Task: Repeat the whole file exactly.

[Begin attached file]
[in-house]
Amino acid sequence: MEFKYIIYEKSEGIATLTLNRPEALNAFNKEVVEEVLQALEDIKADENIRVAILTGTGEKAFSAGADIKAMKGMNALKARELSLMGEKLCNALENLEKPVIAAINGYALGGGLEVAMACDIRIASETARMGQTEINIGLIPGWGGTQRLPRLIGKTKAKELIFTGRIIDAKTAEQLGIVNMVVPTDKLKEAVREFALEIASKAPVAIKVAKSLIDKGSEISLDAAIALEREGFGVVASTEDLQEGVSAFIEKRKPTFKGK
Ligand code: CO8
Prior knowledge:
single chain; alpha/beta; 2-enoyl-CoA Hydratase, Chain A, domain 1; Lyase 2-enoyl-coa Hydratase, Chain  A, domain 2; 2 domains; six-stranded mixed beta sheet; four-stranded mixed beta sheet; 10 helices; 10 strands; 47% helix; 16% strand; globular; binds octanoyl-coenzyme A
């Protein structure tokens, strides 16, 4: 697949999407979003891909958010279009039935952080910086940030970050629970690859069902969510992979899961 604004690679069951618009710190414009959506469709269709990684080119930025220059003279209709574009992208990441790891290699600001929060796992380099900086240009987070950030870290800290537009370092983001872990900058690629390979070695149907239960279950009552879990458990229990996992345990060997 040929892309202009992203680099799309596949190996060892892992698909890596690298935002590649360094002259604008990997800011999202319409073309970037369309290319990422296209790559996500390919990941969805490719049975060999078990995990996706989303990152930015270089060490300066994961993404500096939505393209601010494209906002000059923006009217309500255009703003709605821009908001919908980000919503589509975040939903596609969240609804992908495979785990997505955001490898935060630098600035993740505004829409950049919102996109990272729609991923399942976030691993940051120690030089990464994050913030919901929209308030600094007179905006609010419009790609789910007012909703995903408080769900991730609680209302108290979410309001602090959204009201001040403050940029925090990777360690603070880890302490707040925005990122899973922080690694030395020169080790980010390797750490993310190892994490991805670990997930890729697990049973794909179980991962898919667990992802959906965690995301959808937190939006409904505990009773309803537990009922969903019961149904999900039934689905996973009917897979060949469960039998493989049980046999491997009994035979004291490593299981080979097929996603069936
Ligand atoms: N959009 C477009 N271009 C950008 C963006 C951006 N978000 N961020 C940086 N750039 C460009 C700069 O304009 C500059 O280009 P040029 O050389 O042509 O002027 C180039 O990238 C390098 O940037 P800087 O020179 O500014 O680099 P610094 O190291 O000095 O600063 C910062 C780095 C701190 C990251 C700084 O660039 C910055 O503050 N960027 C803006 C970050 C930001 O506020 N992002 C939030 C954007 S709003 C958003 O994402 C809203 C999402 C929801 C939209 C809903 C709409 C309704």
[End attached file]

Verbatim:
[in-house]
Amino acid sequence: MEFKYIIYEKSEGIATLTLNRPEALNAFNKEVVEEVLQALEDIKADENIRVAILTGTGEKAFSAGADIKAMKGMNALKARELSLMGEKLCNALENLEKPVIAAINGYALGGGLEVAMACDIRIASETARMGQTEINIGLIPGWGGTQRLPRLIGKTKAKELIFTGRIIDAKTAEQLGIVNMVVPTDKLKEAVREFALEIASKAPVAIKVAKSLIDKGSEISLDAAIALEREGFGVVASTEDLQEGVSAFIEKRKPTFKGK
Ligand code: CO8
Prior knowledge:
single chain; alpha/beta; 2-enoyl-CoA Hydratase, Chain A, domain 1; Lyase 2-enoyl-coa Hydratase, Chain  A, domain 2; 2 domains; six-stranded mixed beta sheet; four-stranded mixed beta sheet; 10 helices; 10 strands; 47% helix; 16% strand; globular; binds octanoyl-coenzyme A
């Protein structure tokens, strides 16, 4: 697949999407979003891909958010279009039935952080910086940030970050629970690859069902969510992979899961 604004690679069951618009710190414009959506469709269709990684080119930025220059003279209709574009992208990441790891290699600001929060796992380099900086240009987070950030870290800290537009370092983001872990900058690629390979070695149907239960279950009552879990458990229990996992345990060997 040929892309202009992203680099799309596949190996060892892992698909890596690298935002590649360094002259604008990997800011999202319409073309970037369309290319990422296209790559996500390919990941969805490719049975060999078990995990996706989303990152930015270089060490300066994961993404500096939505393209601010494209906002000059923006009217309500255009703003709605821009908001919908980000919503589509975040939903596609969240609804992908495979785990997505955001490898935060630098600035993740505004829409950049919102996109990272729609991923399942976030691993940051120690030089990464994050913030919901929209308030600094007179905006609010419009790609789910007012909703995903408080769900991730609680209302108290979410309001602090959204009201001040403050940029925090990777360690603070880890302490707040925005990122899973922080690694030395020169080790980010390797750490993310190892994490991805670990997930890729697990049973794909179980991962898919667990992802959906965690995301959808937190939006409904505990009773309803537990009922969903019961149904999900039934689905996973009917897979060949469960039998493989049980046999491997009994035979004291490593299981080979097929996603069936
Ligand atoms: N959009 C477009 N271009 C950008 C963006 C951006 N978000 N961020 C940086 N750039 C460009 C700069 O304009 C500059 O280009 P040029 O050389 O042509 O002027 C180039 O990238 C390098 O940037 P800087 O020179 O500014 O680099 P610094 O190291 O000095 O600063 C910062 C780095 C701190 C990251 C700084 O660039 C910055 O503050 N960027 C803006 C970050 C930001 O506020 N992002 C939030 C954007 S709003 C958003 O994402 C809203 C999402 C929801 C939209 C809903 C709409 C309704």